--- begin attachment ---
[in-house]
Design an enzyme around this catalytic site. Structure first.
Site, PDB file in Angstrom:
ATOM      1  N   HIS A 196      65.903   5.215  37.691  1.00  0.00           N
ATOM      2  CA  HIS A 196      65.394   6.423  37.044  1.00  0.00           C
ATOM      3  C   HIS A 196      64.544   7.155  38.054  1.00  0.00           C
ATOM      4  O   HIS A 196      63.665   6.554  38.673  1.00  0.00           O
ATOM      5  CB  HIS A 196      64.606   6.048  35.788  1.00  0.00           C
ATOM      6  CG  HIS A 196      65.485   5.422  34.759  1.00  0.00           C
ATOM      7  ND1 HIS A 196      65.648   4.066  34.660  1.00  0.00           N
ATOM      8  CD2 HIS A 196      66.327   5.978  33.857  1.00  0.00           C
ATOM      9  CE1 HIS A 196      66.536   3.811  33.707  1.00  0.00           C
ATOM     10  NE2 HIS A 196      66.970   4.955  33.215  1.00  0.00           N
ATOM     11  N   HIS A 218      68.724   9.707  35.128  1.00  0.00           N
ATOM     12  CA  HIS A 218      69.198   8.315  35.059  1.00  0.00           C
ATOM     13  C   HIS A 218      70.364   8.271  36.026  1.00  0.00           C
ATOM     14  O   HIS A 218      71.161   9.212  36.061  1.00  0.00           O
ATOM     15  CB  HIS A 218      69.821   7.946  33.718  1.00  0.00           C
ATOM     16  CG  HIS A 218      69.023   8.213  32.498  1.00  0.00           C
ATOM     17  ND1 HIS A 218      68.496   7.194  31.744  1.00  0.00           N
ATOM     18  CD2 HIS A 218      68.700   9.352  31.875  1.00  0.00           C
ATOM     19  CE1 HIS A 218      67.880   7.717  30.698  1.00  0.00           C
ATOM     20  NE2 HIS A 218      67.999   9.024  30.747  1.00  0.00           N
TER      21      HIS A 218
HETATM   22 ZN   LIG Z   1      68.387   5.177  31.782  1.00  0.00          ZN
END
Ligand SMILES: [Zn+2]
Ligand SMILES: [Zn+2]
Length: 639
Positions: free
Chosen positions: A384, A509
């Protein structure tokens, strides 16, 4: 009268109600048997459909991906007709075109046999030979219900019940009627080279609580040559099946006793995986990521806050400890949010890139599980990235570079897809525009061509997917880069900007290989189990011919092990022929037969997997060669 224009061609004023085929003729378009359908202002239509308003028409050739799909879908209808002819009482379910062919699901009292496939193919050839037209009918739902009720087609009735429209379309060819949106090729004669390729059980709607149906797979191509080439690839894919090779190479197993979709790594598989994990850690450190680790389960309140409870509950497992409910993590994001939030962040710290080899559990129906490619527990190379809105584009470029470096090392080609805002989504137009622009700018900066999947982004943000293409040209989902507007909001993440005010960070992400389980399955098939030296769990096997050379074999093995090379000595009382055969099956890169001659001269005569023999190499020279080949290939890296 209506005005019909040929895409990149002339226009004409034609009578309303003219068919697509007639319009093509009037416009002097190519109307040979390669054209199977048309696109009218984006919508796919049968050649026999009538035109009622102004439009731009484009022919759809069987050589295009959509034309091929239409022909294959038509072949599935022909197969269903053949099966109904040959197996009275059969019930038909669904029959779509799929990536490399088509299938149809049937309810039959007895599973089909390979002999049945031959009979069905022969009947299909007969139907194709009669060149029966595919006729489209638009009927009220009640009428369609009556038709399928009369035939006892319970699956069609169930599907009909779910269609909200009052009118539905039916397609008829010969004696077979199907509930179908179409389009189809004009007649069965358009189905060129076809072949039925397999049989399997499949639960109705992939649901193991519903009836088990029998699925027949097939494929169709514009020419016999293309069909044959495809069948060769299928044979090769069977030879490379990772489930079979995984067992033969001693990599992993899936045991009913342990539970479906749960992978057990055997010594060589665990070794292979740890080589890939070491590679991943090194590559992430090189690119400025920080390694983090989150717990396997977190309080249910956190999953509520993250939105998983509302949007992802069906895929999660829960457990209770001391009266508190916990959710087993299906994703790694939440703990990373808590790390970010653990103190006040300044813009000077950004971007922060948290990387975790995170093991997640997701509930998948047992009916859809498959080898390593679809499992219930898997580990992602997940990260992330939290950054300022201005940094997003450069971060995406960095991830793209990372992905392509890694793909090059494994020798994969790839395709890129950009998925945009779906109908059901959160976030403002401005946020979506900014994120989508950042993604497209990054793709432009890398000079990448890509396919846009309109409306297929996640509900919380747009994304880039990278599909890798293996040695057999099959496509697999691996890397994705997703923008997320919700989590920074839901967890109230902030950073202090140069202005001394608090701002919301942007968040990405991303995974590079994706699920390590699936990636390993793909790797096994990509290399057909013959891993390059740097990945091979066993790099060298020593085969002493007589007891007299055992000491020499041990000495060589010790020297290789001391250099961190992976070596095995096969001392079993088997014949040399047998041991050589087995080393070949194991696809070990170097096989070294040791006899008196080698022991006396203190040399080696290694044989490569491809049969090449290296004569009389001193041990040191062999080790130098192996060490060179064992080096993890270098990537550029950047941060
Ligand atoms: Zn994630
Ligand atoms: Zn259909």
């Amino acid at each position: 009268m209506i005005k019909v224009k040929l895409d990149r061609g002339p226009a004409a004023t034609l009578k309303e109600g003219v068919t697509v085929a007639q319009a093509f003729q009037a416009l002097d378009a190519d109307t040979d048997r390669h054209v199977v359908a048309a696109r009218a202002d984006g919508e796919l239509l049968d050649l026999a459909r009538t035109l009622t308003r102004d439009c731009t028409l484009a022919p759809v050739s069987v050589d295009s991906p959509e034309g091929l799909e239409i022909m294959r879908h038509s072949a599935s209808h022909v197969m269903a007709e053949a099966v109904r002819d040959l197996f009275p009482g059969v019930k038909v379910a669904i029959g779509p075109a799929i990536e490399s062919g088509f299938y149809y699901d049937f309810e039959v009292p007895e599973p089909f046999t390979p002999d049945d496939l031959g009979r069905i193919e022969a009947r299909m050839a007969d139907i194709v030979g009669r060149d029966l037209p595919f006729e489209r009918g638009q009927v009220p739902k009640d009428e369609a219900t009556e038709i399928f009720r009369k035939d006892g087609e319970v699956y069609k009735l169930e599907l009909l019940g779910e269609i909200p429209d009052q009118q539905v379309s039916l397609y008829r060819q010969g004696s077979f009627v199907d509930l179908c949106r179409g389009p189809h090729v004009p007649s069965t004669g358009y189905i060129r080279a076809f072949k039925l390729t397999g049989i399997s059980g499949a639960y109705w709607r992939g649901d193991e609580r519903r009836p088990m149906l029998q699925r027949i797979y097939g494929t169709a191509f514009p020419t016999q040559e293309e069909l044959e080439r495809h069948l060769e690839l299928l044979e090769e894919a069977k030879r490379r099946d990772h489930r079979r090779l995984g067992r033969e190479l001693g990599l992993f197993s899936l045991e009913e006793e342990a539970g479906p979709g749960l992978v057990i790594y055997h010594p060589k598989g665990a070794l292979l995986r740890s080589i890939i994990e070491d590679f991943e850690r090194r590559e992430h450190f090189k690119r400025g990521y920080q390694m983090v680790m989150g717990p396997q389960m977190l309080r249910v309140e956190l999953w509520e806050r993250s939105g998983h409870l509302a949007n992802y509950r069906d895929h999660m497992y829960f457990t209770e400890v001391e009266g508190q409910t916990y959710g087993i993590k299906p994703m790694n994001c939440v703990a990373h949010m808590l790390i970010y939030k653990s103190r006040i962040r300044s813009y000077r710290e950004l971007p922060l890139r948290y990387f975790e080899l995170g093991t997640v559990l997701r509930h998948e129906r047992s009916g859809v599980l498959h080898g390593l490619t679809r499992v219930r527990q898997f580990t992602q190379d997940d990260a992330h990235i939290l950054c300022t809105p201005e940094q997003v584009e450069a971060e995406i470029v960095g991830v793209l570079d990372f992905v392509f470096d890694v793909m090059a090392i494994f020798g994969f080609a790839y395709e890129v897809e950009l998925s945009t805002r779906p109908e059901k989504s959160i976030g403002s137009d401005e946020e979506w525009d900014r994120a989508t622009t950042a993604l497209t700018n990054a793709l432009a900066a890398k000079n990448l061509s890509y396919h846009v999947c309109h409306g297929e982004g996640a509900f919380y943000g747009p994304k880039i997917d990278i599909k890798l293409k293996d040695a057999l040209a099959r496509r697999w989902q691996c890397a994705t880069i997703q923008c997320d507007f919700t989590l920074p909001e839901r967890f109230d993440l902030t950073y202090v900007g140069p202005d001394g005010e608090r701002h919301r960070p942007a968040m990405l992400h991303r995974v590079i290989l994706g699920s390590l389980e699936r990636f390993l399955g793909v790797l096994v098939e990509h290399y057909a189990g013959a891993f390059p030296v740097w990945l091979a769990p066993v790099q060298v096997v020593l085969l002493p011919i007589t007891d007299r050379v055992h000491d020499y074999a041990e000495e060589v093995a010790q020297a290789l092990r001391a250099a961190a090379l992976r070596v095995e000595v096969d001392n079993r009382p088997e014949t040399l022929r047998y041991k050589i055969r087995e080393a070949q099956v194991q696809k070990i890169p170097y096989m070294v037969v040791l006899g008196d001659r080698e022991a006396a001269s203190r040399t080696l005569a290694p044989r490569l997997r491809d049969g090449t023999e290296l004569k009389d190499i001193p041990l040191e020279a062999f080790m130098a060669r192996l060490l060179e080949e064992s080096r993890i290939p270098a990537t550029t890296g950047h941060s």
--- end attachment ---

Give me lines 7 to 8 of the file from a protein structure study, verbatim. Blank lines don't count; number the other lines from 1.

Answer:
ATOM      4  O   HIS A 196      63.665   6.554  38.673  1.00  0.00           O
ATOM      5  CB  HIS A 196      64.606   6.048  35.788  1.00  0.00           C